Suzy Santos is an Educator, Historian, and Museologist. Bachelor and Graduate in History (FFLCH/USP), Master in Museology (PPGMus/USP), and Postgraduate in Community-Based Cultural Policies (FLACSO). His master's research, entitled Ecomuseums and Community Museums in Brazil: Exploratory Study of New Museological Possibilities?, analyzed the creation and management processes of Brazilian ecomuseums and community museums, seeking to understand the museological concepts linked to these types of museums and the relationship between practices and theories. She coordinates the Cultural Project Pimenteiros e Pimenteiras do Vermelhão and the Community Museum of Jardim Vermelhão.
Igor Simões has a Ph.D. in Visual Arts-History, Theory, and Art Criticism-PPGAV-UFRGS. He is an Adjunct Professor of History, Theory, and Criticism of Art and Methodology and Practice of Teaching Art at the UERGS. He was Assistant Curator of Biennale 12 (Bienal do Mercosul- Educational Curator)). He is a member of the curatorship committee of the National Association of Researchers in Plastic Arts-ANPAP, the Educational Nucleus UERGS-MARGS, and the collection committee of the Museu de Arte do RS-MARGS. He works with the articulations between exhibition, film editing, art histories and racialization in Brazilian art and the visibility of black subjects in the visual arts.
Camila Alves is a clinical psychologist, specializing in Reichian Body Therapy. She holds a Ph.D. in Psychology from the Fluminense Federal University (UFF). Her master's degree dissertation was entitled: What if we experimented more? A non-technical handbook on accessibility in cultural spaces? She has been working in the area of culture for ten years and is currently doing training and consulting. She is also a professor of the Psychology course at Faculdades Integradas Maria Thereza (FAMATH), located in the city of Niterói. Her current research interests are in the field of disability studies, at the interface between art, culture, gender, and animals.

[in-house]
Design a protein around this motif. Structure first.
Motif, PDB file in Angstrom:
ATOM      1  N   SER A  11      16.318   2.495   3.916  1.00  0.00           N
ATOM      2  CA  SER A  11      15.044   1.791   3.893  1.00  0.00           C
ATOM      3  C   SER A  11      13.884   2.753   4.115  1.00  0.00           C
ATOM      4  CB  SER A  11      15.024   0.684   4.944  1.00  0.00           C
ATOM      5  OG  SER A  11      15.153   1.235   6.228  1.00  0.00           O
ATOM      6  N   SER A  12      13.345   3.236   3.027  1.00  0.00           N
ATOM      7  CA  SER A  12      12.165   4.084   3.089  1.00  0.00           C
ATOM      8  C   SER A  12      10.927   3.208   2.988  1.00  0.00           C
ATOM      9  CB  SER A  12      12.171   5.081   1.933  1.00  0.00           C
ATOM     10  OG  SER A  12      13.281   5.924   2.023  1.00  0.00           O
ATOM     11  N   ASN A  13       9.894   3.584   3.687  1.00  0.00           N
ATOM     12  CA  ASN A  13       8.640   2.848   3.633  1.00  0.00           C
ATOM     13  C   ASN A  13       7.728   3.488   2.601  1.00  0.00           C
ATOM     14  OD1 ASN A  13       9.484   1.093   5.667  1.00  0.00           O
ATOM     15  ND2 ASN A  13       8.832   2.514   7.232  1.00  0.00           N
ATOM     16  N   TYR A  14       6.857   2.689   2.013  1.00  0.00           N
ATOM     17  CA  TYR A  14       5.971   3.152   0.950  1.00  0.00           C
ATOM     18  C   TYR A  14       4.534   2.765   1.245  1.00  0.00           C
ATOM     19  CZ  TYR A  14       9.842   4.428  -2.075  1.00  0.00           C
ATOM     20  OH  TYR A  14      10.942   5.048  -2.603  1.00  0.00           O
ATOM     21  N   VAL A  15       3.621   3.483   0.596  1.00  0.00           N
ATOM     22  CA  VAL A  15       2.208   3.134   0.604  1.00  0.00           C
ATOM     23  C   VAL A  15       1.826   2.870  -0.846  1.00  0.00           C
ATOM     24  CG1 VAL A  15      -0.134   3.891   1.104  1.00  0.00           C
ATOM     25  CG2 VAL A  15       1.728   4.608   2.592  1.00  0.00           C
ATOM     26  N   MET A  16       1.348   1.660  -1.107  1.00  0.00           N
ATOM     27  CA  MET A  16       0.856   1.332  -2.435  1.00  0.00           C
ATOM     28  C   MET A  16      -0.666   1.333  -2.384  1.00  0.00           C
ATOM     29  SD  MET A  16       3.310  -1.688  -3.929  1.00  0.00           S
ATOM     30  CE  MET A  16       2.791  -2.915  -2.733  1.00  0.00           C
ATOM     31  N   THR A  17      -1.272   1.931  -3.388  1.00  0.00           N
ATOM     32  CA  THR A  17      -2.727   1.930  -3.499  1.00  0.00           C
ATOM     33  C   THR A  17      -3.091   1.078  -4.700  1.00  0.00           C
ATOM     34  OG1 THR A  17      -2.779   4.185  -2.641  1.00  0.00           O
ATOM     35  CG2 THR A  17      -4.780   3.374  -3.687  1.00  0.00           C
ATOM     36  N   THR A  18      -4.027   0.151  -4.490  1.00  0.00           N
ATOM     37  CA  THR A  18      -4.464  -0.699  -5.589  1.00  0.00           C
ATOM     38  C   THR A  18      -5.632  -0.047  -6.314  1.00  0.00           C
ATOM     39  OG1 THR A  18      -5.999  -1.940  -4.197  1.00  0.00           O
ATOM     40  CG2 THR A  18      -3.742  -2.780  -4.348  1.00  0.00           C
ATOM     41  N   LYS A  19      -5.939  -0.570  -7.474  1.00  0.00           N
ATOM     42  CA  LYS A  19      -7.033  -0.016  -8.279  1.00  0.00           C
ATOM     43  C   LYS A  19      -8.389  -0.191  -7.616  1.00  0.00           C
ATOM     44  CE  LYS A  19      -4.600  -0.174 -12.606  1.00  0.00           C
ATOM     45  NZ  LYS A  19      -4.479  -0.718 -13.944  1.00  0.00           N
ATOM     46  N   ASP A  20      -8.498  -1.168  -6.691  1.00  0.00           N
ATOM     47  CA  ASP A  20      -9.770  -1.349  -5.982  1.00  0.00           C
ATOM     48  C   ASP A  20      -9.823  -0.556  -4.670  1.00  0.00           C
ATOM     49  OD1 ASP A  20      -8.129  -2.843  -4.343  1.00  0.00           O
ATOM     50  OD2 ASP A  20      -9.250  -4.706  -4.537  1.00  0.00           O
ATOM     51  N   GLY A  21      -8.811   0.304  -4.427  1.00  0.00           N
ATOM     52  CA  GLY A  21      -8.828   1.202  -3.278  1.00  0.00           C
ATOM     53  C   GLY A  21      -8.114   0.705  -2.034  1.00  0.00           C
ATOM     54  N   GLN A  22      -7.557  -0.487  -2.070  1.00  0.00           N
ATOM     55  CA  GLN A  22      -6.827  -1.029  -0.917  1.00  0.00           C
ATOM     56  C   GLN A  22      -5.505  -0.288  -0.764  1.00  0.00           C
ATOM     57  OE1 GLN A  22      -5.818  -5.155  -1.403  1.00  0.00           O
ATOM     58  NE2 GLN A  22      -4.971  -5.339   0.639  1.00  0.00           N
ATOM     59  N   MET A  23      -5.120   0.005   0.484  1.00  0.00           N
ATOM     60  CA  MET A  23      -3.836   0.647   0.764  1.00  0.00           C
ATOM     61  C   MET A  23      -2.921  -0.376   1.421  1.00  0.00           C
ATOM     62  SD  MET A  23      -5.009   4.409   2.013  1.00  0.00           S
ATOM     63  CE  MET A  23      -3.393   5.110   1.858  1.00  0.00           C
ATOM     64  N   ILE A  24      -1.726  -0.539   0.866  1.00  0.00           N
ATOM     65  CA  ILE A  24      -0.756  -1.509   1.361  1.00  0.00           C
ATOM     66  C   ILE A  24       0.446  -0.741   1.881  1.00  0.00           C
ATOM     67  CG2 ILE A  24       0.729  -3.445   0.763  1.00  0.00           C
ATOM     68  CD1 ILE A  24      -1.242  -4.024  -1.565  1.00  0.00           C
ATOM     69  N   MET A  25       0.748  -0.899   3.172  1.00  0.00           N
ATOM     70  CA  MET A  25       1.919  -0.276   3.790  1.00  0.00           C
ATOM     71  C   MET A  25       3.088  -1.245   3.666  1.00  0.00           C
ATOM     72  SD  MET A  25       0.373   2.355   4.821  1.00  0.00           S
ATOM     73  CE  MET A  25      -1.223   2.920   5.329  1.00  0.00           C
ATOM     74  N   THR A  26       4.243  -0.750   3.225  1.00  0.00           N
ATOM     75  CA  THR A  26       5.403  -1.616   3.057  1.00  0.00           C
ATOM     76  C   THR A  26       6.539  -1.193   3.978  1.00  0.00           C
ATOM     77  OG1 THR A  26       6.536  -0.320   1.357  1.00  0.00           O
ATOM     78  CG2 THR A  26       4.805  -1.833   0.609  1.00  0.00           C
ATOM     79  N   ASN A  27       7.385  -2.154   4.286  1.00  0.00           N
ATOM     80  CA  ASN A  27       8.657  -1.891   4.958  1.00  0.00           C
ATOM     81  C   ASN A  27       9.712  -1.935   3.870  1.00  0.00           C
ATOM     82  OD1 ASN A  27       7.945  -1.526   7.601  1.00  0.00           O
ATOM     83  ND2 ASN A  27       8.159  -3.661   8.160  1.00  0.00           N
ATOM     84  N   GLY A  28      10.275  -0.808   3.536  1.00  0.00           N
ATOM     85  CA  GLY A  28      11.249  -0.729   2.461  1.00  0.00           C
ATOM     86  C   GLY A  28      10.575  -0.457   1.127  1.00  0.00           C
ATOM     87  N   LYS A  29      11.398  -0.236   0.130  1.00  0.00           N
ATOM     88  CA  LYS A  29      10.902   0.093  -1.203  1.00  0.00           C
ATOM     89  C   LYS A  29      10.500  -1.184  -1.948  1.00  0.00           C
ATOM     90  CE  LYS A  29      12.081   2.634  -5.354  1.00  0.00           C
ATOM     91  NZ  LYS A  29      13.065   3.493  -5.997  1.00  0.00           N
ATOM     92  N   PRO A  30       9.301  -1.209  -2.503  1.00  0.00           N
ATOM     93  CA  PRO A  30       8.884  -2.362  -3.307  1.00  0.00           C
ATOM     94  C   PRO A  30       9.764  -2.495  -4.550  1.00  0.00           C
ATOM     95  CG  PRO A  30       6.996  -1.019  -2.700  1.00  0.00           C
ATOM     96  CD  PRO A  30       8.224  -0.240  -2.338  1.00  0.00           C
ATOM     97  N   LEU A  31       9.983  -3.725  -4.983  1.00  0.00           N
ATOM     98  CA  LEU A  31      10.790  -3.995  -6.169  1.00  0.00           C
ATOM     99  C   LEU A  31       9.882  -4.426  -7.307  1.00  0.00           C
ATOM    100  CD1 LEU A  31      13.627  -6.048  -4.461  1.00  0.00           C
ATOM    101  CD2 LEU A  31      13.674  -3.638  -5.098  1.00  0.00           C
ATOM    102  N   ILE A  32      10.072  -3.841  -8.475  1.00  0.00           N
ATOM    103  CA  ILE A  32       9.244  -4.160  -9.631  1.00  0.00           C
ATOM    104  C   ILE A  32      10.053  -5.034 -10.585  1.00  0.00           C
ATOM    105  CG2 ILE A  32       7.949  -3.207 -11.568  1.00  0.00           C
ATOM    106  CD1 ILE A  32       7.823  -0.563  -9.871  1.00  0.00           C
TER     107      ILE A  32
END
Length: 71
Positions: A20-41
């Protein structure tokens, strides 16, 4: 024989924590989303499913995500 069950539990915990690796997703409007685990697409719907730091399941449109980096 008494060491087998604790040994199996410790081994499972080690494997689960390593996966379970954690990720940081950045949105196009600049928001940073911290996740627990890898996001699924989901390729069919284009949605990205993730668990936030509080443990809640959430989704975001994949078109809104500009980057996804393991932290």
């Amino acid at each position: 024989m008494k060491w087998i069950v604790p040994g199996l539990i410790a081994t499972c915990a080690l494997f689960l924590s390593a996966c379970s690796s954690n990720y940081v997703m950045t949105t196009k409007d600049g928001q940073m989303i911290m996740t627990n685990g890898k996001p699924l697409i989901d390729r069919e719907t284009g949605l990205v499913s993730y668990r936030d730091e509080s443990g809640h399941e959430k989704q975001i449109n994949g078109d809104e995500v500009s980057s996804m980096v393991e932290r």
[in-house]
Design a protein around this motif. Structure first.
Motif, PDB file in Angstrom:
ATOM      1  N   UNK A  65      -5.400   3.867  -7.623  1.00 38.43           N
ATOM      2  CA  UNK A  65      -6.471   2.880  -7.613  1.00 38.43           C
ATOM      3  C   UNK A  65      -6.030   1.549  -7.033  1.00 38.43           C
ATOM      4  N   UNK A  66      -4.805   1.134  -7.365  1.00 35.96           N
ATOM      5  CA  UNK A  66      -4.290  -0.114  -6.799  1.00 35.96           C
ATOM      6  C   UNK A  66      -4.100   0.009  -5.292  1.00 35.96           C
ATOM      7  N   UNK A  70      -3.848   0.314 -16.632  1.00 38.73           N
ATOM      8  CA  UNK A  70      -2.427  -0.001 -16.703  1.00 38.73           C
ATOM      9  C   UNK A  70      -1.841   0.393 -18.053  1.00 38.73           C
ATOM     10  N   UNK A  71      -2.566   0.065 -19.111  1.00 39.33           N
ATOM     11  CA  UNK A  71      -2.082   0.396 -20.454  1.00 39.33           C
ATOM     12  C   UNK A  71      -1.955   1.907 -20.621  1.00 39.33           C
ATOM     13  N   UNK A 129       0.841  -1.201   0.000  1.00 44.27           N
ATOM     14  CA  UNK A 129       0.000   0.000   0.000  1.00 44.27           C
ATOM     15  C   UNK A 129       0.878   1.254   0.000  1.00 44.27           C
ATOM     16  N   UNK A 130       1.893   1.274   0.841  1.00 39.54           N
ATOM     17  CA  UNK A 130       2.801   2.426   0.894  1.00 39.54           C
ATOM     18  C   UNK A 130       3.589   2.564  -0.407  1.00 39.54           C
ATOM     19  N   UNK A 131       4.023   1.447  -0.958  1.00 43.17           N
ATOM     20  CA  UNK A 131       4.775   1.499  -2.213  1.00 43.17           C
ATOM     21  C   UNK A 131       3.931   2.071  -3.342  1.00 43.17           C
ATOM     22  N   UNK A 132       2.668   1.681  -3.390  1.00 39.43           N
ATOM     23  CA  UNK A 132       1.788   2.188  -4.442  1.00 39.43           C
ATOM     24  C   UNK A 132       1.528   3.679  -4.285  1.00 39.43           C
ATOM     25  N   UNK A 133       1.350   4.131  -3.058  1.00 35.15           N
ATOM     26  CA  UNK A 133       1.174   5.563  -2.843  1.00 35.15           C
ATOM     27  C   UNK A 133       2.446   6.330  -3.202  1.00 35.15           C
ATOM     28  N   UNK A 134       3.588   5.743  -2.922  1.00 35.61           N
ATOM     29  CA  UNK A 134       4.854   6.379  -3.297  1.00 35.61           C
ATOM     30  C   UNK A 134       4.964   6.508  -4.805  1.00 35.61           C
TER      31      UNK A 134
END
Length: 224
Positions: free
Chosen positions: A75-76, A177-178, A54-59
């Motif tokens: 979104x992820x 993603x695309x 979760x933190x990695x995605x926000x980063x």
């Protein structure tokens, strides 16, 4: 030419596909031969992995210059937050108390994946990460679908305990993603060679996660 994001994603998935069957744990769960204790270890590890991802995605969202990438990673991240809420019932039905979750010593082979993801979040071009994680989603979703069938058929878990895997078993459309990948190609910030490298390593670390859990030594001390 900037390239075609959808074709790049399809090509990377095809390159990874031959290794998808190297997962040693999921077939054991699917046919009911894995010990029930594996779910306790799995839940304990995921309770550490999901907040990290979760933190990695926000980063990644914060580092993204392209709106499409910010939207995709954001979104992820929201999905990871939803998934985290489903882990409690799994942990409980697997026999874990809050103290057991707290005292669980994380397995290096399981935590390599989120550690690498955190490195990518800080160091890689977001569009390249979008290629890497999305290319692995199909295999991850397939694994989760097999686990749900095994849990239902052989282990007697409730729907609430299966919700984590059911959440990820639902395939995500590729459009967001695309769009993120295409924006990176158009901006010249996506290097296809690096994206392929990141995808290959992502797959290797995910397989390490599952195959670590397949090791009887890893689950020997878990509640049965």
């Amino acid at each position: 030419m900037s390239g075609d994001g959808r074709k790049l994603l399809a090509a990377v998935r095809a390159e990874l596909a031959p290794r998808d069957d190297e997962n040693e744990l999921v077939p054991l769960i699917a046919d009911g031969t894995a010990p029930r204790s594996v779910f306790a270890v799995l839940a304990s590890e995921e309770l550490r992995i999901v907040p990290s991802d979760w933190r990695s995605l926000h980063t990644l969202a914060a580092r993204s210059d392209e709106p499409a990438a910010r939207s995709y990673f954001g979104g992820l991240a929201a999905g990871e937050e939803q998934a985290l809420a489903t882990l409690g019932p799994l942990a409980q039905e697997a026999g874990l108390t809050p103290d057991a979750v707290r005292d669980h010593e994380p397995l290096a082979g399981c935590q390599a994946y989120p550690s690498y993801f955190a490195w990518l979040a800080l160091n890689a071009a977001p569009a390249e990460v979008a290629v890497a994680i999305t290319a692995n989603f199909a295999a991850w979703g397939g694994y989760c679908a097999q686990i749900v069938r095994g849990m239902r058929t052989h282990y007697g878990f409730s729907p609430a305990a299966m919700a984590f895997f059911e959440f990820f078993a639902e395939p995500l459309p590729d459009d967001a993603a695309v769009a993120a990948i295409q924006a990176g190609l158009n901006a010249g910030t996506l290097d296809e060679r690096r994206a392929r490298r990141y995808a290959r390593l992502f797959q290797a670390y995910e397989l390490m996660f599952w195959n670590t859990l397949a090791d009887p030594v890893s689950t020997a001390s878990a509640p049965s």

Diogo de Moraes Silva is a researcher, cultural mediator, visual artist, editor, and cultural technical assistant at Sesc São Paulo, in the area of Studies and Development. As a mediator, he collaborates with the Extrainstitutional Mediation group. In 2017, he defended his master's research at ECA-USP, under the title “Publics in Emergence: ways of using institutional offers and artistic practices”. He is a doctoral candidate at PGEHA-USP, with the research “(Contra) publics of the visual arts in times of cultural wars: readings of the detracting reception through documentary practices”. Since 2022, he has been a member of the advisory board of Casa do Povo.